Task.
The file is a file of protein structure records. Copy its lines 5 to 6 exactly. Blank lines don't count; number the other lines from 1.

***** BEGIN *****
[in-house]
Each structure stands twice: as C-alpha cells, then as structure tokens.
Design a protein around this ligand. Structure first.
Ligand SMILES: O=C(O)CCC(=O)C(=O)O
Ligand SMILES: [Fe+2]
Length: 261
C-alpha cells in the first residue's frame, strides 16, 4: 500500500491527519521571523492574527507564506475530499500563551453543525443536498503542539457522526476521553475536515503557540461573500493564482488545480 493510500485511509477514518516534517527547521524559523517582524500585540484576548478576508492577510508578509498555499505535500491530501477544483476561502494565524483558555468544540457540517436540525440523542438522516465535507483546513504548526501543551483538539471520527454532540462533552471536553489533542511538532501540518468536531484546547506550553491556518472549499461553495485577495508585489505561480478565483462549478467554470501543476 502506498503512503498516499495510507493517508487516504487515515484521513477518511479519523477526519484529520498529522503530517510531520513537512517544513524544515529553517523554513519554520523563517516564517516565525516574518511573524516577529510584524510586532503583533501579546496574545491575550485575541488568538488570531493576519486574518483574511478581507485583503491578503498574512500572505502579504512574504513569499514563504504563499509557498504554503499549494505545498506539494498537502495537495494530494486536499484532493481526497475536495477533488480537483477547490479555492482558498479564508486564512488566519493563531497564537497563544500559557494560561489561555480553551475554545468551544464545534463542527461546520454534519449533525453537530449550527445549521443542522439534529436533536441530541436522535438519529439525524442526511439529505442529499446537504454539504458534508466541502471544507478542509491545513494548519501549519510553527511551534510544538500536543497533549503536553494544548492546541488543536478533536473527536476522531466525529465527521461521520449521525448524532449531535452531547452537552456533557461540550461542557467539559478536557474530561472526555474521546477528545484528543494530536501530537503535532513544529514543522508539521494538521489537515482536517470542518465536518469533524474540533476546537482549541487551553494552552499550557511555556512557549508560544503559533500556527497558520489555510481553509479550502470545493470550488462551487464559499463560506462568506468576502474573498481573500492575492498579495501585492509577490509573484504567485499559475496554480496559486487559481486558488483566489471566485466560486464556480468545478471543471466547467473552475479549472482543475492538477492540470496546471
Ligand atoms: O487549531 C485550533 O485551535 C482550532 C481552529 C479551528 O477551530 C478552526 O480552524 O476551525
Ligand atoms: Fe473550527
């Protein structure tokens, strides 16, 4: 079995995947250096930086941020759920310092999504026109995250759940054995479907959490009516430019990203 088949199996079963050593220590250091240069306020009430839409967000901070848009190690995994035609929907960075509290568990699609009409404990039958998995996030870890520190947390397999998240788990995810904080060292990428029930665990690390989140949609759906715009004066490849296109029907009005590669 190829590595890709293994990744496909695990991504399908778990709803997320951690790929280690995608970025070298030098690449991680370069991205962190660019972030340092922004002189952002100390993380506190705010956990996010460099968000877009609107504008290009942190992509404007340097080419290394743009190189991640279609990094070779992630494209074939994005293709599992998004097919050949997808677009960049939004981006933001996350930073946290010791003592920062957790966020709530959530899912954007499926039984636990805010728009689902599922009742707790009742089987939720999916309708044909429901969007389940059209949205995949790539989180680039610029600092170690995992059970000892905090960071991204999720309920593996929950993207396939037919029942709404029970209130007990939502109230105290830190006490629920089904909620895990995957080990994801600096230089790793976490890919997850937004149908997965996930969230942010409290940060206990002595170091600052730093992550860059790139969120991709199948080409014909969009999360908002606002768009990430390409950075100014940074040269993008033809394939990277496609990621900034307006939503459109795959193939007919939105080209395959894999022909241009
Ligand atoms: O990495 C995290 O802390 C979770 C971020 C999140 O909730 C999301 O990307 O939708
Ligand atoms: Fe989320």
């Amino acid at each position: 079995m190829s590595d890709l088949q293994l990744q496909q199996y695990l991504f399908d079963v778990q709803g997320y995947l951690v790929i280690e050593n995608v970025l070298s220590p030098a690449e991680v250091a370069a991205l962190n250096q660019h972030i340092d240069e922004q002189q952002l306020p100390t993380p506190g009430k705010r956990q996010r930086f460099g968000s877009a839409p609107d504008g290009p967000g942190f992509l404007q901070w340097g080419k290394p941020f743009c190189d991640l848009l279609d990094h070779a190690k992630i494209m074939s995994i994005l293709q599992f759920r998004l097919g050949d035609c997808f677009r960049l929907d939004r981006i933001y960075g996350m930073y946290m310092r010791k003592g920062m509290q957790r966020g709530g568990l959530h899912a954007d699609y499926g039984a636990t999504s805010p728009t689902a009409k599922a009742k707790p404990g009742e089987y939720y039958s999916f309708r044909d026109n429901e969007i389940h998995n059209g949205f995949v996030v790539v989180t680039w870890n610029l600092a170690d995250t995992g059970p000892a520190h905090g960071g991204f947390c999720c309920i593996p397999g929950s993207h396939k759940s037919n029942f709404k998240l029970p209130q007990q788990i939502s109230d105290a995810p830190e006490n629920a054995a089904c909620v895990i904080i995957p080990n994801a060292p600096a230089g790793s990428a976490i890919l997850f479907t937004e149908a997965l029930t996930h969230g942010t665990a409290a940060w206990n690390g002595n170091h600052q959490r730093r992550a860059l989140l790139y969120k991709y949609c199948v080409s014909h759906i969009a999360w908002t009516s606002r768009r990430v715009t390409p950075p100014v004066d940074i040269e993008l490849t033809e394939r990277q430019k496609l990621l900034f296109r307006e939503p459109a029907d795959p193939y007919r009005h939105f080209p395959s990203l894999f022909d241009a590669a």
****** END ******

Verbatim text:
Ligand SMILES: [Fe+2]
Length: 261